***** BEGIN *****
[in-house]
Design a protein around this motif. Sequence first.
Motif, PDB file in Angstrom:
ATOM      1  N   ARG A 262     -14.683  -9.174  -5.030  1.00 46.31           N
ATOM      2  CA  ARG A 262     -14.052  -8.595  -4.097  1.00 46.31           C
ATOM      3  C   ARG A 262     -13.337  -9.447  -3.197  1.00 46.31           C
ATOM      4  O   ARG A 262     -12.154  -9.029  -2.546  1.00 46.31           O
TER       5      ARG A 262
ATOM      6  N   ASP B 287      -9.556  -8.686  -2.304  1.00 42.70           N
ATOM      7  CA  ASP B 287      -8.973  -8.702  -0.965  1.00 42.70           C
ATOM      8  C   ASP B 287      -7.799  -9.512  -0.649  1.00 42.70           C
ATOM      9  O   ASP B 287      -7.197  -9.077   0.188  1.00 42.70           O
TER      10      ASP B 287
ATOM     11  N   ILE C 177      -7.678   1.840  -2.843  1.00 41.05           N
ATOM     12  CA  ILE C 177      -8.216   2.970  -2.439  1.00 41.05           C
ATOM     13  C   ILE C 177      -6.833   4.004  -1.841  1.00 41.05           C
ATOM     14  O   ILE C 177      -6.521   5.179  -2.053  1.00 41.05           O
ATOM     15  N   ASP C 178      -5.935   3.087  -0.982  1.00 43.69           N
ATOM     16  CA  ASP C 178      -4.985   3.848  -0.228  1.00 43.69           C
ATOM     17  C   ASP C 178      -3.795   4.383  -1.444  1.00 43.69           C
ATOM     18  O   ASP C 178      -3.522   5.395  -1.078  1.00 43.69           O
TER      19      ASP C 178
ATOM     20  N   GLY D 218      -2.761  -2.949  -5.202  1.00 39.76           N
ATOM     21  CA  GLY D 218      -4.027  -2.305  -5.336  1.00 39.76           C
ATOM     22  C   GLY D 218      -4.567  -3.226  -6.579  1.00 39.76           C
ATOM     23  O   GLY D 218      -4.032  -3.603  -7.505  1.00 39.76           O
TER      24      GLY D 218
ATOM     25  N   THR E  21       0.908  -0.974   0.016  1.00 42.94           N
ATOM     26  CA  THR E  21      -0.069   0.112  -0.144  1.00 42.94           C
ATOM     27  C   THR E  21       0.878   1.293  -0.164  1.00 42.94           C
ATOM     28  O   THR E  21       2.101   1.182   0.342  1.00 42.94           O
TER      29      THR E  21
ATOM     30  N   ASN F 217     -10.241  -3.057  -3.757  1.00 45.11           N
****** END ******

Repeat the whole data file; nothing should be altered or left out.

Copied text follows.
[in-house]
Design a protein around this motif. Sequence first.
Motif, PDB file in Angstrom:
ATOM      1  N   ARG A 262     -14.683  -9.174  -5.030  1.00 46.31           N
ATOM      2  CA  ARG A 262     -14.052  -8.595  -4.097  1.00 46.31           C
ATOM      3  C   ARG A 262     -13.337  -9.447  -3.197  1.00 46.31           C
ATOM      4  O   ARG A 262     -12.154  -9.029  -2.546  1.00 46.31           O
TER       5      ARG A 262
ATOM      6  N   ASP B 287      -9.556  -8.686  -2.304  1.00 42.70           N
ATOM      7  CA  ASP B 287      -8.973  -8.702  -0.965  1.00 42.70           C
ATOM      8  C   ASP B 287      -7.799  -9.512  -0.649  1.00 42.70           C
ATOM      9  O   ASP B 287      -7.197  -9.077   0.188  1.00 42.70           O
TER      10      ASP B 287
ATOM     11  N   ILE C 177      -7.678   1.840  -2.843  1.00 41.05           N
ATOM     12  CA  ILE C 177      -8.216   2.970  -2.439  1.00 41.05           C
ATOM     13  C   ILE C 177      -6.833   4.004  -1.841  1.00 41.05           C
ATOM     14  O   ILE C 177      -6.521   5.179  -2.053  1.00 41.05           O
ATOM     15  N   ASP C 178      -5.935   3.087  -0.982  1.00 43.69           N
ATOM     16  CA  ASP C 178      -4.985   3.848  -0.228  1.00 43.69           C
ATOM     17  C   ASP C 178      -3.795   4.383  -1.444  1.00 43.69           C
ATOM     18  O   ASP C 178      -3.522   5.395  -1.078  1.00 43.69           O
TER      19      ASP C 178
ATOM     20  N   GLY D 218      -2.761  -2.949  -5.202  1.00 39.76           N
ATOM     21  CA  GLY D 218      -4.027  -2.305  -5.336  1.00 39.76           C
ATOM     22  C   GLY D 218      -4.567  -3.226  -6.579  1.00 39.76           C
ATOM     23  O   GLY D 218      -4.032  -3.603  -7.505  1.00 39.76           O
TER      24      GLY D 218
ATOM     25  N   THR E  21       0.908  -0.974   0.016  1.00 42.94           N
ATOM     26  CA  THR E  21      -0.069   0.112  -0.144  1.00 42.94           C
ATOM     27  C   THR E  21       0.878   1.293  -0.164  1.00 42.94           C
ATOM     28  O   THR E  21       2.101   1.182   0.342  1.00 42.94           O
TER      29      THR E  21
ATOM     30  N   ASN F 217     -10.241  -3.057  -3.757  1.00 45.11           N